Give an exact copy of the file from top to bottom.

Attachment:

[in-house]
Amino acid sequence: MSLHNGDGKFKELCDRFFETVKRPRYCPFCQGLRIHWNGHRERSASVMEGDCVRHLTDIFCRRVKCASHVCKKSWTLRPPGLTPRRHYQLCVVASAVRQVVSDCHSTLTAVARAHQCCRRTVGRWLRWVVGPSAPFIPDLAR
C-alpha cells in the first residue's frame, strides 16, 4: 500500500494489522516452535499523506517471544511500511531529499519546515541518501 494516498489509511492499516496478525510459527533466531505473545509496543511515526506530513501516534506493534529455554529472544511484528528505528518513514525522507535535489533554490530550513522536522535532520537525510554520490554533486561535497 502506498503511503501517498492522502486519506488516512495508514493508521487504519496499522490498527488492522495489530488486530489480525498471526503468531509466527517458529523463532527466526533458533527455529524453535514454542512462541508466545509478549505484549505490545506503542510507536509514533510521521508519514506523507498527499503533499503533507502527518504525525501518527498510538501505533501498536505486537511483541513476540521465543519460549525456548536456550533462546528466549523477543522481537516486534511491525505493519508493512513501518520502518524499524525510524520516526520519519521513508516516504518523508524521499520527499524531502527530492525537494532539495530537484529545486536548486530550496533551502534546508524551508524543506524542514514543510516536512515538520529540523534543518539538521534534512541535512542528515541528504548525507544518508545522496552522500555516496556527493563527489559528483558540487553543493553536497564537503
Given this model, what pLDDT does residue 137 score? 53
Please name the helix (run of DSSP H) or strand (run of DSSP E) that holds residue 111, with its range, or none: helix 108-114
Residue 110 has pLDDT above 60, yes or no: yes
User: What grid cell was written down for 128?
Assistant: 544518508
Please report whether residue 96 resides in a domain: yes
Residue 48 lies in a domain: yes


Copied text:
[in-house]
Amino acid sequence: MSLHNGDGKFKELCDRFFETVKRPRYCPFCQGLRIHWNGHRERSASVMEGDCVRHLTDIFCRRVKCASHVCKKSWTLRPPGLTPRRHYQLCVVASAVRQVVSDCHSTLTAVARAHQCCRRTVGRWLRWVVGPSAPFIPDLAR
C-alpha cells in the first residue's frame, strides 16, 4: 500500500494489522516452535499523506517471544511500511531529499519546515541518501 494516498489509511492499516496478525510459527533466531505473545509496543511515526506530513501516534506493534529455554529472544511484528528505528518513514525522507535535489533554490530550513522536522535532520537525510554520490554533486561535497 502506498503511503501517498492522502486519506488516512495508514493508521487504519496499522490498527488492522495489530488486530489480525498471526503468531509466527517458529523463532527466526533458533527455529524453535514454542512462541508466545509478549505484549505490545506503542510507536509514533510521521508519514506523507498527499503533499503533507502527518504525525501518527498510538501505533501498536505486537511483541513476540521465543519460549525456548536456550533462546528466549523477543522481537516486534511491525505493519508493512513501518520502518524499524525510524520516526520519519521513508516516504518523508524521499520527499524531502527530492525537494532539495530537484529545486536548486530550496533551502534546508524551508524543506524542514514543510516536512515538520529540523534543518539538521534534512541535512542528515541528504548525507544518508545522496552522500555516496556527493563527489559528483558540487553543493553536497564537503
Given this model, what pLDDT does residue 137 score? 53
Please name the helix (run of DSSP H) or strand (run of DSSP E) that holds residue 111, with its range, or none: helix 108-114
Residue 110 has pLDDT above 60, yes or no: yes
User: What grid cell was written down for 128?
Assistant: 544518508
Please report whether residue 96 resides in a domain: yes
Residue 48 lies in a domain: yes